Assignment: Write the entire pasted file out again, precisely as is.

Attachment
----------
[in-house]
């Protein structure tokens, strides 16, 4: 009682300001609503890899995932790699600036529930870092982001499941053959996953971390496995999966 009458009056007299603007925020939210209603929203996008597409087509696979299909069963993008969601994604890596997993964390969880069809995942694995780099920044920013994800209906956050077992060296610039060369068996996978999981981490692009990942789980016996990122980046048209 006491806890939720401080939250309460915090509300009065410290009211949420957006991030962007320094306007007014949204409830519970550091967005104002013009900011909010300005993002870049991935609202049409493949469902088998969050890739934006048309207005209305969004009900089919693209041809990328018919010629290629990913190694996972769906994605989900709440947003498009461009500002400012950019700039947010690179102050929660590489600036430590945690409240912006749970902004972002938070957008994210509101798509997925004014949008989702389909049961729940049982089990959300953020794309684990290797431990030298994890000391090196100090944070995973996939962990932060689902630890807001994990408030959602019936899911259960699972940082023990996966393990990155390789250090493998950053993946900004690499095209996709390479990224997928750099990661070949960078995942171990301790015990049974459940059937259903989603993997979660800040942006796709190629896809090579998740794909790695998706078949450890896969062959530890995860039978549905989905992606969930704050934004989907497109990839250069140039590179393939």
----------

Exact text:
[in-house]
């Protein structure tokens, strides 16, 4: 009682300001609503890899995932790699600036529930870092982001499941053959996953971390496995999966 009458009056007299603007925020939210209603929203996008597409087509696979299909069963993008969601994604890596997993964390969880069809995942694995780099920044920013994800209906956050077992060296610039060369068996996978999981981490692009990942789980016996990122980046048209 006491806890939720401080939250309460915090509300009065410290009211949420957006991030962007320094306007007014949204409830519970550091967005104002013009900011909010300005993002870049991935609202049409493949469902088998969050890739934006048309207005209305969004009900089919693209041809990328018919010629290629990913190694996972769906994605989900709440947003498009461009500002400012950019700039947010690179102050929660590489600036430590945690409240912006749970902004972002938070957008994210509101798509997925004014949008989702389909049961729940049982089990959300953020794309684990290797431990030298994890000391090196100090944070995973996939962990932060689902630890807001994990408030959602019936899911259960699972940082023990996966393990990155390789250090493998950053993946900004690499095209996709390479990224997928750099990661070949960078995942171990301790015990049974459940059937259903989603993997979660800040942006796709190629896809090579998740794909790695998706078949450890896969062959530890995860039978549905989905992606969930704050934004989907497109990839250069140039590179393939």